January 30th, Our First Asian American Day: Fred Korematsu Day

UPDATED 1/23/2024

Fred Korematsu knew how it felt to be imprisoned for how you look.

After Japan attacked Pearl Harbor, Hawaii, on December 7, 1941, pressure was placed upon America's leaders to mete out punishment upon someone for the "Date That Will Live in Infamy." This wrath was placed upon Japanese Americans, who shared an ethnicity with the enemy, Japan.

Fred Korematsu was an everyday person who was placed in extraordinary circumstances, much like Rosa Parks.

Fred Korematsu in Hiding

Fred Korematsu was an average young American man in 1942. Forces were at work, however, that would forever change his life.

On February 19, 1942, President Franklin D. Roosevelt signed Executive Order 9066, which ended the freedoms of Japanese Americans on the West Coast due to "military necessity." Increasing pressure from the military and public for retribution meant that Japanese Americans were now viewed with suspicion. Lieutenant General John DeWitt orchestrated the removal of Japanese Americans from the Western Defense Area (West Coast states), based upon "falsehoods."

Fred Korematsu had no interest in politics. He wanted to continue living his life as an American. In order to do that, he underwent surgery to change his looks. He also changed his name and claimed to be Spanish-Hawaiian.

Unfortunately, he was arrested a few months later and jailed. He was tried for refusing to obey the Order and joined his family at a holding center (a horse stable), before being moved to an internment camp. He later said that the camp was "worse than jail."

Korematsu Vs. United States

Fred's daughter, Karen, learned about her father's ordeal only after hearing a classmate's report about her father's Supreme Court Case, Korematsu Vs. United States, in her eleventh grade history class.

Fred appealed his conviction all the way up to the Supreme Court, but lost. Two other Japanese Americans, Gordon Hirabayashi and Minoru Yasui also lost their appeals in the Supreme Court for curfew violations.

The Japanese American internment only ended when lawyers tried the case of Mitsuye Endo, a model American citizen who had worked for the Department of Motor Vehicles, had a brother in the United States Army and did not speak Japanese. Her loyalty could not be denied and she won her case in the Supreme Court in 1944.

Japanese Americans were finally released from the internment camps as a result of Endo's win, but many had lost their properties, businesses, and dignity in the process. And, they still faced discrimination upon their release. Some detainees were lucky to have neighbors who kept their businesses and properties up during their detention, but others did not.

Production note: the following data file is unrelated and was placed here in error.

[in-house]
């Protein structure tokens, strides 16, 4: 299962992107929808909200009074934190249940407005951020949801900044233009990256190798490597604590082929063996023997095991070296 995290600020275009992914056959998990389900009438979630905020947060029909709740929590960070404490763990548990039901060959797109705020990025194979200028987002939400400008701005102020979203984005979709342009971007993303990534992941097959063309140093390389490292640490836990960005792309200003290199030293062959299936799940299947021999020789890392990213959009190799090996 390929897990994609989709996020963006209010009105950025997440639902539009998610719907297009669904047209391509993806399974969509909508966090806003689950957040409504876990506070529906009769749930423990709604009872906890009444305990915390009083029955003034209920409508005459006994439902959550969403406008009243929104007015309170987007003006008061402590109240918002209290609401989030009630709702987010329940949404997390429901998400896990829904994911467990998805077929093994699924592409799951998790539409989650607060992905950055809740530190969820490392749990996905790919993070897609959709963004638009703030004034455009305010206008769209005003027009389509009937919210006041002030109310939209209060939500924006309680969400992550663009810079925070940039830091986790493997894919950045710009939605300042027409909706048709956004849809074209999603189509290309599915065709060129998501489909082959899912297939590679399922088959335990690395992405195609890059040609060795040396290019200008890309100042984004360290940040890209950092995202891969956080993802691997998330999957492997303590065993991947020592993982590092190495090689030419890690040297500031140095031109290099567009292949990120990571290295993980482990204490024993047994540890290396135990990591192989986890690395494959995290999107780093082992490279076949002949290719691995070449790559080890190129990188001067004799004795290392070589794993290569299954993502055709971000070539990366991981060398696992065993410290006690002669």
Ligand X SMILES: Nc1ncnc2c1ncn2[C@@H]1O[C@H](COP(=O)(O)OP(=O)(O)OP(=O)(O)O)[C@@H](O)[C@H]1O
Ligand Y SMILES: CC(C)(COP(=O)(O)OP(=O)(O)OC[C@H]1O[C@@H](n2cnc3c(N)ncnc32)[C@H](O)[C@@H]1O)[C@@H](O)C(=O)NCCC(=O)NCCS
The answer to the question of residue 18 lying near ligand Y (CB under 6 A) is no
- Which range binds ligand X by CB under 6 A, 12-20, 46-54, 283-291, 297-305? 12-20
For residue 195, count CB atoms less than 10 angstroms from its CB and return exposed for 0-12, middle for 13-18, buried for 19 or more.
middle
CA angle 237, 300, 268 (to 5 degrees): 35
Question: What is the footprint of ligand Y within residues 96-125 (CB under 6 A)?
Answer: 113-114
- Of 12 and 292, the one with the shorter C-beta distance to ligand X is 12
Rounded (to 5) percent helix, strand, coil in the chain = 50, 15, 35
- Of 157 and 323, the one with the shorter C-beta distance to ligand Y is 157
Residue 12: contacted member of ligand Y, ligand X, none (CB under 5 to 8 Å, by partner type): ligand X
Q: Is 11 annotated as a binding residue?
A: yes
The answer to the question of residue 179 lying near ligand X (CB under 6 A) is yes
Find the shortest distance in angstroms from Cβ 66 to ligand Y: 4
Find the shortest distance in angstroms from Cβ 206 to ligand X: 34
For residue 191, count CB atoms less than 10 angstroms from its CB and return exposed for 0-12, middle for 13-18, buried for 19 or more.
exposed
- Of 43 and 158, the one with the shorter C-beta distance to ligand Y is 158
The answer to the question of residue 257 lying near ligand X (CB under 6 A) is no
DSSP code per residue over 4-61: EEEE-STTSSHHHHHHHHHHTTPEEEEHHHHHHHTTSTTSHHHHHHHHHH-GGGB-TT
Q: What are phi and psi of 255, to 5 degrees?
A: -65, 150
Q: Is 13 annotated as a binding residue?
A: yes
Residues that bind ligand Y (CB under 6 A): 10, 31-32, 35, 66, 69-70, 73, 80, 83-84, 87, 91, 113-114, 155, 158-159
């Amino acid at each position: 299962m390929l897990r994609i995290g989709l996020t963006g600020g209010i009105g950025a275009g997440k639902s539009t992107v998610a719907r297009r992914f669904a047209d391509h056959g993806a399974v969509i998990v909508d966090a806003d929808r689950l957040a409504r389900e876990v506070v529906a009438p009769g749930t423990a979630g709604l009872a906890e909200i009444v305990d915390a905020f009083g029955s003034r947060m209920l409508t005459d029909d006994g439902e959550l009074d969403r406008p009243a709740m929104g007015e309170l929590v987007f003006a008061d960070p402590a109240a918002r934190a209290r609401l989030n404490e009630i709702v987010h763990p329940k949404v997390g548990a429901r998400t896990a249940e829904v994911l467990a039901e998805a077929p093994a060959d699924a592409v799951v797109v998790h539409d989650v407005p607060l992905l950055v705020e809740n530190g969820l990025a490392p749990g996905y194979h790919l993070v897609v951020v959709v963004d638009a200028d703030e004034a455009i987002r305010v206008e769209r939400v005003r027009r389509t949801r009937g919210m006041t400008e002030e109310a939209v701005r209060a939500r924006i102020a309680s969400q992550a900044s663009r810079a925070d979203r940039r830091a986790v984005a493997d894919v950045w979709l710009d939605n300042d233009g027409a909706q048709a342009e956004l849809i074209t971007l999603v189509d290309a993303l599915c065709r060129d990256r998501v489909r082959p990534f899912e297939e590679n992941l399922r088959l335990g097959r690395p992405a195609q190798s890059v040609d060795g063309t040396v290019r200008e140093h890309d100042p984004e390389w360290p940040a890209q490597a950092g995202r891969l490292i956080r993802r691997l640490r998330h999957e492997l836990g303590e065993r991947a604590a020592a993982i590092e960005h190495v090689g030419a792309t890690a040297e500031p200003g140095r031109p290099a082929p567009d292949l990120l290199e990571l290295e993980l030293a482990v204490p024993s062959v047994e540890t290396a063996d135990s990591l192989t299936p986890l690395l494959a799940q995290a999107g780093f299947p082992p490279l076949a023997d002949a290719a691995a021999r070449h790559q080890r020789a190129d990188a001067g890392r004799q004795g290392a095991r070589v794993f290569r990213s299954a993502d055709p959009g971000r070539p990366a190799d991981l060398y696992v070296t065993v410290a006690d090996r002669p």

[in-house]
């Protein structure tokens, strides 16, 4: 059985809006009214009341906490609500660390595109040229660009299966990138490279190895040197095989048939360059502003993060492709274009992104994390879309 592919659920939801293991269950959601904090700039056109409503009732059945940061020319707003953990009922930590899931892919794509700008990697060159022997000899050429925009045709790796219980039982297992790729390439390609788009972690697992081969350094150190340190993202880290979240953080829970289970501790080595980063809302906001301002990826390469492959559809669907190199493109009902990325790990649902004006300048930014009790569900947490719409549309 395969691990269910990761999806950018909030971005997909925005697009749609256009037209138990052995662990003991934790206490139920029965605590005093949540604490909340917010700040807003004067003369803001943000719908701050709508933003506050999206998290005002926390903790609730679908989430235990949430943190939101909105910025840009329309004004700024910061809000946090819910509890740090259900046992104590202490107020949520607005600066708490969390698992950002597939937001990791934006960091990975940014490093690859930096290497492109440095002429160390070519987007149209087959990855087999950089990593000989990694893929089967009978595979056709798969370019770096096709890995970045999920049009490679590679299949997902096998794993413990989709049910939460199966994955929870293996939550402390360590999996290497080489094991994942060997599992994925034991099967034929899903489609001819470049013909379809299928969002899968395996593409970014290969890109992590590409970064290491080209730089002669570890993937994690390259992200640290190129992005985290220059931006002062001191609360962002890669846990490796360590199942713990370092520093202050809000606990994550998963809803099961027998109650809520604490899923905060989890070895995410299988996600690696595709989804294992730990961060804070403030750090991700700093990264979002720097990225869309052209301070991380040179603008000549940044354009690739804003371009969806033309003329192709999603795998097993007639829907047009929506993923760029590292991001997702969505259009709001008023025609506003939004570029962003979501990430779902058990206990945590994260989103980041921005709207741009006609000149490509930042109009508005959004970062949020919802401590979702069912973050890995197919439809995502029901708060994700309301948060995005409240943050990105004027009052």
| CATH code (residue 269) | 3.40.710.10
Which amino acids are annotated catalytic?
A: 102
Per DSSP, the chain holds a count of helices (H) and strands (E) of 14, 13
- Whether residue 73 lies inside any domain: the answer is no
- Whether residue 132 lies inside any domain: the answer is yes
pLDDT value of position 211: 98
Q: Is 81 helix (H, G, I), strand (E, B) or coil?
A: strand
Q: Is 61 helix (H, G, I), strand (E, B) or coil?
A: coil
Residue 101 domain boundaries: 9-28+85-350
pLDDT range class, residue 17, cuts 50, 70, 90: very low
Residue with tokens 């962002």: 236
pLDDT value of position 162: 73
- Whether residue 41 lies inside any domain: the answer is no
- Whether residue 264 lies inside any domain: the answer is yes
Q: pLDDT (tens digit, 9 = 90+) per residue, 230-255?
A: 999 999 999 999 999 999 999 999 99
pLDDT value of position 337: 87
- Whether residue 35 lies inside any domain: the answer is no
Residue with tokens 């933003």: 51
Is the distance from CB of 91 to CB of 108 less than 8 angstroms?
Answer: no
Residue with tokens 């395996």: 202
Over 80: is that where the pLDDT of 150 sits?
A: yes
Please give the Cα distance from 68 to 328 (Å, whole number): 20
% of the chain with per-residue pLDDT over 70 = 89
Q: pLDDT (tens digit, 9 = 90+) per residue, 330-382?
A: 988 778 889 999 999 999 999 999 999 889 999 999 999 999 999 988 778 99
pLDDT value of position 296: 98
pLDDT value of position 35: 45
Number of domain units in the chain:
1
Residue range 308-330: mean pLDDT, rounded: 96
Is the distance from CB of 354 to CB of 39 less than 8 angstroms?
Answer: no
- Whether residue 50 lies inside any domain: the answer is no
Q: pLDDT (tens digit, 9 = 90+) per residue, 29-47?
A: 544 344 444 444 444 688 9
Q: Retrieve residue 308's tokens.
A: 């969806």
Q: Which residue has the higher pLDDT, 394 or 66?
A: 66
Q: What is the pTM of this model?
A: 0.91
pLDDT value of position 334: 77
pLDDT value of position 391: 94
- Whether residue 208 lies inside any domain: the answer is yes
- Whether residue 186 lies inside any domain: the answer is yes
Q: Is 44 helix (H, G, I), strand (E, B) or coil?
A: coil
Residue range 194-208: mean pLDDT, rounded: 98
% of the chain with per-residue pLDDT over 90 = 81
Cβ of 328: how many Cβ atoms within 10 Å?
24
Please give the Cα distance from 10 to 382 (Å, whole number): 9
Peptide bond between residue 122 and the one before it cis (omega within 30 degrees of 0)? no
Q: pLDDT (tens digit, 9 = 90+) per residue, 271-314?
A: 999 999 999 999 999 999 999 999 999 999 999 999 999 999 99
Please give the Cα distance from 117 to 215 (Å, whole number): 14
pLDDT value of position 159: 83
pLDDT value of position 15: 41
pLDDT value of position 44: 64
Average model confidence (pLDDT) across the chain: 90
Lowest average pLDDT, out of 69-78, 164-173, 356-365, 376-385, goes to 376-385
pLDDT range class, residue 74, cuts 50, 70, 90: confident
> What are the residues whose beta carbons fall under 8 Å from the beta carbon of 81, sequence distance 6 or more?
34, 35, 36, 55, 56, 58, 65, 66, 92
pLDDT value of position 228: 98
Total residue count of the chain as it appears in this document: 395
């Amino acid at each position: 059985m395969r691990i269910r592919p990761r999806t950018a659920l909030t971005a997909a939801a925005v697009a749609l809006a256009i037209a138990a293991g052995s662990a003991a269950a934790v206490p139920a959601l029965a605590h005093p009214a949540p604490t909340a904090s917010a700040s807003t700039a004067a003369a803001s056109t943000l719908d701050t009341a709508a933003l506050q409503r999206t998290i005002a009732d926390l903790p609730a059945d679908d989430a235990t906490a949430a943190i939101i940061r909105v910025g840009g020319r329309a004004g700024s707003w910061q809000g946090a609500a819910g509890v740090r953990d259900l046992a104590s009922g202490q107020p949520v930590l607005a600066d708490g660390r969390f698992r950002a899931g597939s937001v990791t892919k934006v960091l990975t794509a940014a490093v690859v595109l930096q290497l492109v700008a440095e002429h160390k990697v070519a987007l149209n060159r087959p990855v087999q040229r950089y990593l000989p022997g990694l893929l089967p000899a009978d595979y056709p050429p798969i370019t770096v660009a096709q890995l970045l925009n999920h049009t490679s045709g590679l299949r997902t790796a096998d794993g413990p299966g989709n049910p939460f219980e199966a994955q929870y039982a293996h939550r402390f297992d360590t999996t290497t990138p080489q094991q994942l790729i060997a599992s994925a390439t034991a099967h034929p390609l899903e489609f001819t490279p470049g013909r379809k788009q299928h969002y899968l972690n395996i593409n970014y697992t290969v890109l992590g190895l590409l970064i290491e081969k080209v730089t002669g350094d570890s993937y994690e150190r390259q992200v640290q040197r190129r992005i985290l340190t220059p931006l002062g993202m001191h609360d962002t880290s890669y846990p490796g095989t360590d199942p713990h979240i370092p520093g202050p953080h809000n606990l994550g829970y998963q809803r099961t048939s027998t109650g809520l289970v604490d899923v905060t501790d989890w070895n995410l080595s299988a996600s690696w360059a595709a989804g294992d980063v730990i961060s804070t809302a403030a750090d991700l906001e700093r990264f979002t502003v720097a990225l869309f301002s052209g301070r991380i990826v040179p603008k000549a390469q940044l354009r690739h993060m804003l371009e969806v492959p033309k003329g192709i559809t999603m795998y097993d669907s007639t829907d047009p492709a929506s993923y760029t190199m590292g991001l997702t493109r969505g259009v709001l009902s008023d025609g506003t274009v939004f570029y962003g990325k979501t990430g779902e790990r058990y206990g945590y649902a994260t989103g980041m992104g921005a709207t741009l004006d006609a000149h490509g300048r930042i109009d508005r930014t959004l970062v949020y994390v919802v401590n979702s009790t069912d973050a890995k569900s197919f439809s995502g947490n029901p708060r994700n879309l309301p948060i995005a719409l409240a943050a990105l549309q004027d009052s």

Fred Korematsu, Presidential Medal of Freedom Winner

Fred's conviction still followed him after his release, however, affecting his ability to find a good-paying job.

President Gerald Ford rescinded Executive Order 9066 in February 1976. President Jimmy Carter appointed a Commission on Wartime Relocation and Internment of Civilians that concluded that the wartime internment camps occurred because of "race prejudice, war hysteria, and a failure of political leadership." Around the same time, University of California at San Diego Professor Peter Irons and researcher Aiko Herzog-Yoshinaga discovered that the government had misled the Supreme Court by utilizing fabricated Japanese American espionage evidence, which was denied by both the FBI and the Office of Naval Intelligence.

Though Supreme Court decisions cannot be overturned, Judge Marilyn Patel formally overturned Fred's conviction.

Fred said, "According to the Supreme Court decision regarding my case, being an American citizen was not enough. They say you have to look like one, otherwise they say you can't tell a difference between a loyal and a disloyal American. I thought that this decision was wrong and I still feel that way. As long as my record stands in federal court, any American citizen can be held in prison or concentration camps without a trial or a hearing. That is if they look like the enemy of our country. Therefore, I would like to see the government admit that they were wrong and do something about it so this will never happen again to any American citizen of any race, creed or color."

Fred's strong feelings helped him to continue his activist work, which helped to:

After his death in 2005, California honored Fred Korematsu by calling every January 30th Fred Korematsu Day.

Fred Korematsu's Institute News

For more information, check out the following media links on the Fred Korematsu Institute's website:

Please send me any questions in the comments section below!

Books About Fred Korematsu and Japanese Internment Camps

Fred Korematsu Speaks Up, book cover
Korematsu Vs. the United States, book cover
Farewell to Manzanar, book cover
They Called Us Enemy, book cover
Justice at War, book cover